Signals and Slots, for PHP
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README.md

README.md

SignalSlot

Signals and Slots system for PHP. Strongly inspired by http://www.osebboy.com/blog/signals-and-slots-for-php/.

What?

The Signals and Slots mechanism is a programming pattern popularized by Qt. They allow strongly-typed languages to have type-safe callbacks whose return type and argument list can be verified at compile time. They are very similar to a Pub/Sub or EventEmitter system, but the main difference is that Signals and Slots do not use strings to name/trigger events or fire callbacks.

For example, a typical event system might work like this in PHP:

class Foursquare_Client extends EventEmitter {
	
	public function query_user_data(){
		// do stuff to get data, http, etc

		$this->trigger('data', $data1, $data2, $etc);
	}

}

class User {

	public function init_from_array($data){
		// do processing...
	}

}

class MyApp {
	
	private $fs_client = new Foursquare_Client();
	private $user = new User();

	public function __construct(){
		
		// api option 1:
		$this->fs_client->on('data', array($this, 'on_fs_data'));

		$self = $this;

		// api option 2: 
		$this->fs_client->on('data', function($data) use ($self){
			$self->on_fs_data($data);
		});

		// get data
		$this->fs_client->query_user_data();
	}

	public function on_fs_data($data){

		$this->user->init_from_array($data);
		$this->log('data received from fs: '.$data);
	}

	public function log($msg){
		// do something with your logger...
	}
}

Option 1 and 2 both have drawbacks. Option 1 is assumedly using call_user_func behind the scenes, and thus a PHP pseudo-type 'callback' is used. Option 2 uses an anonymous function from PHP 5.3, but we have to do keep a manual reference to $this, since before PHP 5.4, $this cannot be used inside an anonymous function. In both options, a string is used as the event name. This has the possiblity of introducing spelling errors that could be hard to track down, especially if an event or method is renamed later during development.

Obviously, this works, and is relatively simple. But, here's how you would do it with SignalSlot.php:

class Foursquare_Client extends KirbySaysHi\SignalSlot {
	
	const SIGNAL_USER_DATA = 'user_data';

	public function query_user_data(){
		// do stuff to get data, http, etc

		$this->user_data($data1, $data2, $etc);
	}
}

class User extends KirbySaysHi\SignalSlot {
	
	const SLOT_INIT_FROM_ARRAY = 'init_from_array';

	public function init_from_array($data){
		// do processing...
	}

}

class MyApp extends KirbySaysHi\SignalSlot {
	
	const SLOT_LOG = 'log';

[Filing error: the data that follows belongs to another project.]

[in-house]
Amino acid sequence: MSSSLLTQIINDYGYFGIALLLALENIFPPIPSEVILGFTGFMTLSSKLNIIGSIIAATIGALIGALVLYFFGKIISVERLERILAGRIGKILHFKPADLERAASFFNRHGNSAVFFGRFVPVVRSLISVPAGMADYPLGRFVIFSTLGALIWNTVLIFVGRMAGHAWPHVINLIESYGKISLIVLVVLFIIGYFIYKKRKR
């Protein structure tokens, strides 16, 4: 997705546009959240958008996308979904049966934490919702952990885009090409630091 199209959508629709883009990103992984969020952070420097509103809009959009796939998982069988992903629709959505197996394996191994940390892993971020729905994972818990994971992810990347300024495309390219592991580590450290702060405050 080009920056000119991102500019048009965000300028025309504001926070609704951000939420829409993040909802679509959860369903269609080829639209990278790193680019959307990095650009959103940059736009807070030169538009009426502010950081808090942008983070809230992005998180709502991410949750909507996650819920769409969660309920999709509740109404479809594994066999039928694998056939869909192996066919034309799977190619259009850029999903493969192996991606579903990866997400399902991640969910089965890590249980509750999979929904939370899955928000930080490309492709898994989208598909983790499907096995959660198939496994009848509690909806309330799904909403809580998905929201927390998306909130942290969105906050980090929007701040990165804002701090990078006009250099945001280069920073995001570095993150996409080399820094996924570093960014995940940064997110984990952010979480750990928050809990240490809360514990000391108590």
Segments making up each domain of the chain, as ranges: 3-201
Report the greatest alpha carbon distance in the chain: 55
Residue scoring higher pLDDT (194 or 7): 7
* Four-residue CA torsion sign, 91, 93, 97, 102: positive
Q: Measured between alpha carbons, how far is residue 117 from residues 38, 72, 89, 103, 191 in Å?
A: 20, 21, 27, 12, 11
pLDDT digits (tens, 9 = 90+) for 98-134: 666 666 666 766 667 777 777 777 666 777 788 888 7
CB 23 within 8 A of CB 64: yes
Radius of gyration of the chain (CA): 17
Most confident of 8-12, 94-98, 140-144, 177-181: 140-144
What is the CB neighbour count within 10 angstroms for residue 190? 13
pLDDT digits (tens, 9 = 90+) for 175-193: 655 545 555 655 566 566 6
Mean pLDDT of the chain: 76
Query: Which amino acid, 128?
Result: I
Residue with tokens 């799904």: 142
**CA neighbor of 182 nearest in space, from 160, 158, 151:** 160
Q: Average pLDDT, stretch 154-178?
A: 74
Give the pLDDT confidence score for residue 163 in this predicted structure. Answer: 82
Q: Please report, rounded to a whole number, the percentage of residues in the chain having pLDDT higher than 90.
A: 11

const SLOT_ON_USER_DATA = 'on_user_data';

	private $fs_client = new Foursquare_Client();
	private $user = new User();

	public function __construct(){
		parent::__construct(); // sets up signals and slots

		// connect client signal to callback slot
		$this->fs_client->connect(Foursquare_Client::SIGNAL_USER_DATA,
			$this->user, User::SLOT_INIT_FROM_ARRAY);
		$this->fs_client->connect(Foursquare_Client::SIGNAL_USER_DATA, 
			$this, self::SLOT_ON_USER_DATA);
		$this->fs_client->connect(Foursquare_Client::SIGNAL_USER_DATA,
			$this, self::SLOT_LOG);

		// get data
		$this->fs_client->query_user_data();

		$this->log('Slots are just normal methods');
	}

	public function on_user_data($data){

		// disconnect after first reception
		$this->fs_client->disconnect(Foursquare_Client::SIGNAL_USER_DATA, $this, self::SLOT_ON_USER_DATA);
	}

	public function log($msg){
		// do something with your logger...
	}
}

It's basically the same length. However, there are a few benefits here. The most important is that our events are now dependent on constants, which throw a fatal error if not defined. In addition, at "connect" time (whenever connect is called), the existence of both the slot and signal are checked, which further helps prevent silly errors (missing either throws an exception). We can also very easily hook up multiple slots to a single signal, and easily manage disconnecting slots from signals. Furthermore, a slot is just a method, so it can be called like any other for even more versatility. The slots and signals are also all defined up front, so developers need only look at the class definition to know what they can connect to. Technically only classes that have signals need to extend SignalSlot.

Signals can only be fired from within their defined class or a child class, so this further helps to promote decoupling.

What's the point?

Honestly? For the fun of it. Signals and Slots work best in an event loop and with many similar but unique components, and PHP is definitely not that! So this was mostly brought up by me wanting to see if it was possible.

Info

  • Supports PHP 5.3 and up
  • More a thought experiment than anything
  • Has no external dependencies
  • Also contains a static version that does not require objects to inherit from SignalSlot, but does require signals to be emited manually.

TODO

  • Probably should use PHPUnit. Instead I'm using a quick thing I wrote called Aristotle.
  • Support for creating a connection and specifying that any further attempts to create a connection should throw an error.
  • Support for creating a "once" connection, or one that autodisconnects itself after one fire.
  • Better exception standards